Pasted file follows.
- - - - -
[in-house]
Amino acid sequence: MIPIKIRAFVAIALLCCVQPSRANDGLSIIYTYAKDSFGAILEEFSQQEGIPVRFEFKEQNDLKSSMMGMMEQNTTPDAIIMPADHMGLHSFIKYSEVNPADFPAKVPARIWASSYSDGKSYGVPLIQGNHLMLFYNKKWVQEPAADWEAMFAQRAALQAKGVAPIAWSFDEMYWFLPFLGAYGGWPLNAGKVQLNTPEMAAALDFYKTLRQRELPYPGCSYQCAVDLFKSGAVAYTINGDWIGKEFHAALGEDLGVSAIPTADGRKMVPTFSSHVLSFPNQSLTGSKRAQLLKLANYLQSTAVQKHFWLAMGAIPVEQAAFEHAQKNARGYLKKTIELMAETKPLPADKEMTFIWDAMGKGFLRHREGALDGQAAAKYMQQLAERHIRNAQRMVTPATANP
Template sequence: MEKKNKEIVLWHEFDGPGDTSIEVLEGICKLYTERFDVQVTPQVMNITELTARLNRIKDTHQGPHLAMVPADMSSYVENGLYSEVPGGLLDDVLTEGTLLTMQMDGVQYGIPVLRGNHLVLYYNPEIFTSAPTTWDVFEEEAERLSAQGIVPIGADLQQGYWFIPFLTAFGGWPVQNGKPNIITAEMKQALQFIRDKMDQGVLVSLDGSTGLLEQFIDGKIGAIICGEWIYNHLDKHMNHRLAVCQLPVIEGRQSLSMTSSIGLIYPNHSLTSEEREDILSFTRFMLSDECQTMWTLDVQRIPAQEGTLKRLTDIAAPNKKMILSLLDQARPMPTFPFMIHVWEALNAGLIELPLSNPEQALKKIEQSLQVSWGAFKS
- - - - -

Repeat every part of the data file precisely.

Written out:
[in-house]
Amino acid sequence: MIPIKIRAFVAIALLCCVQPSRANDGLSIIYTYAKDSFGAILEEFSQQEGIPVRFEFKEQNDLKSSMMGMMEQNTTPDAIIMPADHMGLHSFIKYSEVNPADFPAKVPARIWASSYSDGKSYGVPLIQGNHLMLFYNKKWVQEPAADWEAMFAQRAALQAKGVAPIAWSFDEMYWFLPFLGAYGGWPLNAGKVQLNTPEMAAALDFYKTLRQRELPYPGCSYQCAVDLFKSGAVAYTINGDWIGKEFHAALGEDLGVSAIPTADGRKMVPTFSSHVLSFPNQSLTGSKRAQLLKLANYLQSTAVQKHFWLAMGAIPVEQAAFEHAQKNARGYLKKTIELMAETKPLPADKEMTFIWDAMGKGFLRHREGALDGQAAAKYMQQLAERHIRNAQRMVTPATANP
Template sequence: MEKKNKEIVLWHEFDGPGDTSIEVLEGICKLYTERFDVQVTPQVMNITELTARLNRIKDTHQGPHLAMVPADMSSYVENGLYSEVPGGLLDDVLTEGTLLTMQMDGVQYGIPVLRGNHLVLYYNPEIFTSAPTTWDVFEEEAERLSAQGIVPIGADLQQGYWFIPFLTAFGGWPVQNGKPNIITAEMKQALQFIRDKMDQGVLVSLDGSTGLLEQFIDGKIGAIICGEWIYNHLDKHMNHRLAVCQLPVIEGRQSLSMTSSIGLIYPNHSLTSEEREDILSFTRFMLSDECQTMWTLDVQRIPAQEGTLKRLTDIAAPNKKMILSLLDQARPMPTFPFMIHVWEALNAGLIELPLSNPEQALKKIEQSLQVSWGAFKS